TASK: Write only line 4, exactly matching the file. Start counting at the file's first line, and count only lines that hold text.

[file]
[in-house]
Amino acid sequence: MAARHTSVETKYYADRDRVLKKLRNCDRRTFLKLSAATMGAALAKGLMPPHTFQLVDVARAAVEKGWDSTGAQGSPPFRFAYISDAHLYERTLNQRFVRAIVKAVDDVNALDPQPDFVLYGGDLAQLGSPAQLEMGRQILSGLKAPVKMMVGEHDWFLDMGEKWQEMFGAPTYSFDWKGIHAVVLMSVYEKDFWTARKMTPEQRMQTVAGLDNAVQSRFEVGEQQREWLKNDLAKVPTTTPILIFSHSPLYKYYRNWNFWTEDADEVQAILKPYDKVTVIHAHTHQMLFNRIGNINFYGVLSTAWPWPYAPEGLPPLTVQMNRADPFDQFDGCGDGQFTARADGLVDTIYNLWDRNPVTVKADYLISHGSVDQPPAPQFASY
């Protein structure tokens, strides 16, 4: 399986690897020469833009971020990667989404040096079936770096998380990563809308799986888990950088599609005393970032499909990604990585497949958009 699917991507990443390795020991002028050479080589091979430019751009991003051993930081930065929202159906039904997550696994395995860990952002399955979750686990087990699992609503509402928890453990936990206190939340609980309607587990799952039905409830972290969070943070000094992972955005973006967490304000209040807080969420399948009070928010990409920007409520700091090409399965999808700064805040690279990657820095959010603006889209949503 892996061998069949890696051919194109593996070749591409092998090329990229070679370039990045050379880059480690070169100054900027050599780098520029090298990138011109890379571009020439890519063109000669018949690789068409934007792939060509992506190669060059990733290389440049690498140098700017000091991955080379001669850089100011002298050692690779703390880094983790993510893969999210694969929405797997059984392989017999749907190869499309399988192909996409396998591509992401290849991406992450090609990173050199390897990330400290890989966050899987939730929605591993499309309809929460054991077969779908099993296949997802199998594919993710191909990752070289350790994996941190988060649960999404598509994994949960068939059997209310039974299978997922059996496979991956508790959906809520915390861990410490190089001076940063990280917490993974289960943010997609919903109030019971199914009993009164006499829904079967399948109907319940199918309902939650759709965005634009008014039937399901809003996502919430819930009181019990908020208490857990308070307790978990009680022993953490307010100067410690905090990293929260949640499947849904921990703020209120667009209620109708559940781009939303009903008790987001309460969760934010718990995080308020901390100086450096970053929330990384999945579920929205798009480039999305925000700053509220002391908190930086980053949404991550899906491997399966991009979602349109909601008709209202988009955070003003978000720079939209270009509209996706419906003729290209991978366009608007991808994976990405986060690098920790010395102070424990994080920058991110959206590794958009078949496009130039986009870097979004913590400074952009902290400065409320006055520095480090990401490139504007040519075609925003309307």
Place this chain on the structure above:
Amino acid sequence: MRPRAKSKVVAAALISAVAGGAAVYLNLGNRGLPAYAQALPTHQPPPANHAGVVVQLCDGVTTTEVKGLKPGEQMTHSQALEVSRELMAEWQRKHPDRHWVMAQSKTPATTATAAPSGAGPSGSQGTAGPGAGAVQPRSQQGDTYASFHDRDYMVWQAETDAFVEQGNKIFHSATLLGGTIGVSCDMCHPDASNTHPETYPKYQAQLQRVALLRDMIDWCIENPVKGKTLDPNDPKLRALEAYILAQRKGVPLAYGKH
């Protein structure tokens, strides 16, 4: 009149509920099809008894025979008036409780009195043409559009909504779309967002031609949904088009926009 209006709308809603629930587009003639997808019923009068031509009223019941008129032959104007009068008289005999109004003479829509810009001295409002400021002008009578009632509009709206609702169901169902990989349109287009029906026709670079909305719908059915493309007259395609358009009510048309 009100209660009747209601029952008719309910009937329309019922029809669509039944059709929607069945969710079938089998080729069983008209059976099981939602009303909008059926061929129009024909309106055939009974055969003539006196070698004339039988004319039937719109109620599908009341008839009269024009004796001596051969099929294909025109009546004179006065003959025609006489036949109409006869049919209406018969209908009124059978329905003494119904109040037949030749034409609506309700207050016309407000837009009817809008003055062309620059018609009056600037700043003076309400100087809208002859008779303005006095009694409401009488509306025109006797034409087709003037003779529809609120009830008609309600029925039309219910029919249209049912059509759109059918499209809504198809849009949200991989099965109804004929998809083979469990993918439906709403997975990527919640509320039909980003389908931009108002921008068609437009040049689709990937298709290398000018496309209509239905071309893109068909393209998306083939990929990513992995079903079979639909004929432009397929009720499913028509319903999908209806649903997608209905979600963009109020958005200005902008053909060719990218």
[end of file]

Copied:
Place this chain on the structure above: